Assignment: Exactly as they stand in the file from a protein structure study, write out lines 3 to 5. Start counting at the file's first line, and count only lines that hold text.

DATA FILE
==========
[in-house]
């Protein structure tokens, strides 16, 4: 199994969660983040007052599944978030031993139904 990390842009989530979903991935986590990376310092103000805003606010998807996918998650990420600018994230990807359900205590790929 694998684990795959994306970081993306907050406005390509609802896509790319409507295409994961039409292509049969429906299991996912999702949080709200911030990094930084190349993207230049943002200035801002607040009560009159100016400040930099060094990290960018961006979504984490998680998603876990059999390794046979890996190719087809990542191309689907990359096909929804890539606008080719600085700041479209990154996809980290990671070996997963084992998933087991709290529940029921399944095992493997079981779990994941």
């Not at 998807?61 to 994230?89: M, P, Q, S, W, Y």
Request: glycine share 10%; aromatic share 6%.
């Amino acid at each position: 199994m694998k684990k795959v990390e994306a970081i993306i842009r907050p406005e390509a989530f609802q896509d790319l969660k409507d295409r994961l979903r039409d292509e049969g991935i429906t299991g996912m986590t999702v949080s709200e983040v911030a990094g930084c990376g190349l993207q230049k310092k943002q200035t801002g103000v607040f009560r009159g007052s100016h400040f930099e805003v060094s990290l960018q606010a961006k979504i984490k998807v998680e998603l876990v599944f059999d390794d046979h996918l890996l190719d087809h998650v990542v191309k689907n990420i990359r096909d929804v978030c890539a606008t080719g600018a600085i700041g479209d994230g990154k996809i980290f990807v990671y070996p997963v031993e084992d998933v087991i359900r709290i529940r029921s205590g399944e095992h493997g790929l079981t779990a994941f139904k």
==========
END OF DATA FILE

């Not at 998807?61 to 994230?89: M, P, Q, S, W, Y």
Request: glycine share 10%; aromatic share 6%.
């Amino acid at each position: 199994m694998k684990k795959v990390e994306a970081i993306i842009r907050p406005e390509a989530f609802q896509d790319l969660k409507d295409r994961l979903r039409d292509e049969g991935i429906t299991g996912m986590t999702v949080s709200e983040v911030a990094g930084c990376g190349l993207q230049k310092k943002q200035t801002g103000v607040f009560r009159g007052s100016h400040f930099e805003v060094s990290l960018q606010a961006k979504i984490k998807v998680e998603l876990v599944f059999d390794d046979h996918l890996l190719d087809h998650v990542v191309k689907n990420i990359r096909d929804v978030c890539a606008t080719g600018a600085i700041g479209d994230g990154k996809i980290f990807v990671y070996p997963v031993e084992d998933v087991i359900r709290i529940r029921s205590g399944e095992h493997g790929l079981t779990a994941f139904k």